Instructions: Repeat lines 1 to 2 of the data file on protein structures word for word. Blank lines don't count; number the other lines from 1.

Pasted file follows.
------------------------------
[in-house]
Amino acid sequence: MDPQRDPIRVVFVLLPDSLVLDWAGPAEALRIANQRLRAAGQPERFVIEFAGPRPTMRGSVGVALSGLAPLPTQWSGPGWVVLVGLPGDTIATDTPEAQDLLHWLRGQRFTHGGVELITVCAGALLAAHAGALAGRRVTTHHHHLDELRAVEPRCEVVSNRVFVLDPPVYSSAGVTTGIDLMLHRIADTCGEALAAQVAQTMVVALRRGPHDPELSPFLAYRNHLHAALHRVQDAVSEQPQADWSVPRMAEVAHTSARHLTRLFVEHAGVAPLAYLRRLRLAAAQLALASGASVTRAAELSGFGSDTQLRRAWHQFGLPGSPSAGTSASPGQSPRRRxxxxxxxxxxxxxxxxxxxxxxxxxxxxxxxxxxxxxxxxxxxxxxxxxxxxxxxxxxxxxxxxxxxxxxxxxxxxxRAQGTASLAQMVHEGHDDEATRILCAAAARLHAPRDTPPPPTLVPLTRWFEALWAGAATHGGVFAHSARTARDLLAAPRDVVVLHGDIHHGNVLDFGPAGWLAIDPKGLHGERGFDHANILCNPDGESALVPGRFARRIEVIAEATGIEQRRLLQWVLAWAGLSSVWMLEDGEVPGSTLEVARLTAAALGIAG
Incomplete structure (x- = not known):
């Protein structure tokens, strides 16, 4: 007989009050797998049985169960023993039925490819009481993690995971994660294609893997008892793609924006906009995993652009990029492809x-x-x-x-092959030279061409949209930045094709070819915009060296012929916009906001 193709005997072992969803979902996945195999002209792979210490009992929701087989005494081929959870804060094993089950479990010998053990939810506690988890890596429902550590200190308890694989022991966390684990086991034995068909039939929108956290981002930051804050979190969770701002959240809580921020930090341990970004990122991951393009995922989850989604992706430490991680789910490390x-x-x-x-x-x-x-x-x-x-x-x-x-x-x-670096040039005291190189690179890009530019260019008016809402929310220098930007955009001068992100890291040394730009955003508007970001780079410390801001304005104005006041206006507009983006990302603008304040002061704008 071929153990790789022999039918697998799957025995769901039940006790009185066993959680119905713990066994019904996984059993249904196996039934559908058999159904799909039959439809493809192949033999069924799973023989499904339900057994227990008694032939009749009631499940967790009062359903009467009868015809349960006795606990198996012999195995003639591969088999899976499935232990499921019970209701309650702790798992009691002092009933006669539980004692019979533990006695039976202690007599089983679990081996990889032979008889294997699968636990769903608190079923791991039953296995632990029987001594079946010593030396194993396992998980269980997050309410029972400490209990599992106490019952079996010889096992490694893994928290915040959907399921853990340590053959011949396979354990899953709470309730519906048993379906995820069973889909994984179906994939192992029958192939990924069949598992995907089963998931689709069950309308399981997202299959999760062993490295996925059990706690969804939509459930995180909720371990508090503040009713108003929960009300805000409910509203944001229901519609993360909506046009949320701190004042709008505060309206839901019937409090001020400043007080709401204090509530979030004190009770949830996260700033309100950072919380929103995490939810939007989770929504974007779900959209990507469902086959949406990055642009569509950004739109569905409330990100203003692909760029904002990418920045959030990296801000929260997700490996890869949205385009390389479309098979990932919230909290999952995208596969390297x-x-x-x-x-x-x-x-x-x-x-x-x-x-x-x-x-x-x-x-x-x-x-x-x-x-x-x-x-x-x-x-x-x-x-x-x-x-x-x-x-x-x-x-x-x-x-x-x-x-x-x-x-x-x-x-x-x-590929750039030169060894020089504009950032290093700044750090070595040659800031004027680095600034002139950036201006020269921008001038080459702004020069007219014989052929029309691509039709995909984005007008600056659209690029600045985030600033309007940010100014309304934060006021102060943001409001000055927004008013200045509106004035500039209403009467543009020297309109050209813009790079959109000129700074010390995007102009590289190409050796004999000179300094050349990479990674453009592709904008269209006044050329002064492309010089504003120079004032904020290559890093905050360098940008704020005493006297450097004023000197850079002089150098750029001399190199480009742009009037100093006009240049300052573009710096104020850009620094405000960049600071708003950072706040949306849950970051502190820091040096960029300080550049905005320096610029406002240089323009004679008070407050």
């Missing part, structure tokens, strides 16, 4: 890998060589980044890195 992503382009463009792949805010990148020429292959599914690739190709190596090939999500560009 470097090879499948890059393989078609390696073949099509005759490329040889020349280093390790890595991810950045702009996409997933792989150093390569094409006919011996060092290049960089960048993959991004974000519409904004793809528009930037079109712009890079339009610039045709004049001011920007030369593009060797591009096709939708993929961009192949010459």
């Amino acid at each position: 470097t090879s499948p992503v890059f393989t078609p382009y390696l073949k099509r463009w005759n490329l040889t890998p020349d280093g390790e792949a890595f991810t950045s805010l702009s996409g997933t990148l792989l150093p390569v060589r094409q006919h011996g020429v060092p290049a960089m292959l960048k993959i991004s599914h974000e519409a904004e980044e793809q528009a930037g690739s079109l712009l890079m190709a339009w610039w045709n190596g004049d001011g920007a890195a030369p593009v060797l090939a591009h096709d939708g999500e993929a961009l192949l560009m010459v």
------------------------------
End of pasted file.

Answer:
[in-house]
Amino acid sequence: MDPQRDPIRVVFVLLPDSLVLDWAGPAEALRIANQRLRAAGQPERFVIEFAGPRPTMRGSVGVALSGLAPLPTQWSGPGWVVLVGLPGDTIATDTPEAQDLLHWLRGQRFTHGGVELITVCAGALLAAHAGALAGRRVTTHHHHLDELRAVEPRCEVVSNRVFVLDPPVYSSAGVTTGIDLMLHRIADTCGEALAAQVAQTMVVALRRGPHDPELSPFLAYRNHLHAALHRVQDAVSEQPQADWSVPRMAEVAHTSARHLTRLFVEHAGVAPLAYLRRLRLAAAQLALASGASVTRAAELSGFGSDTQLRRAWHQFGLPGSPSAGTSASPGQSPRRRxxxxxxxxxxxxxxxxxxxxxxxxxxxxxxxxxxxxxxxxxxxxxxxxxxxxxxxxxxxxxxxxxxxxxxxxxxxxxRAQGTASLAQMVHEGHDDEATRILCAAAARLHAPRDTPPPPTLVPLTRWFEALWAGAATHGGVFAHSARTARDLLAAPRDVVVLHGDIHHGNVLDFGPAGWLAIDPKGLHGERGFDHANILCNPDGESALVPGRFARRIEVIAEATGIEQRRLLQWVLAWAGLSSVWMLEDGEVPGSTLEVARLTAAALGIAG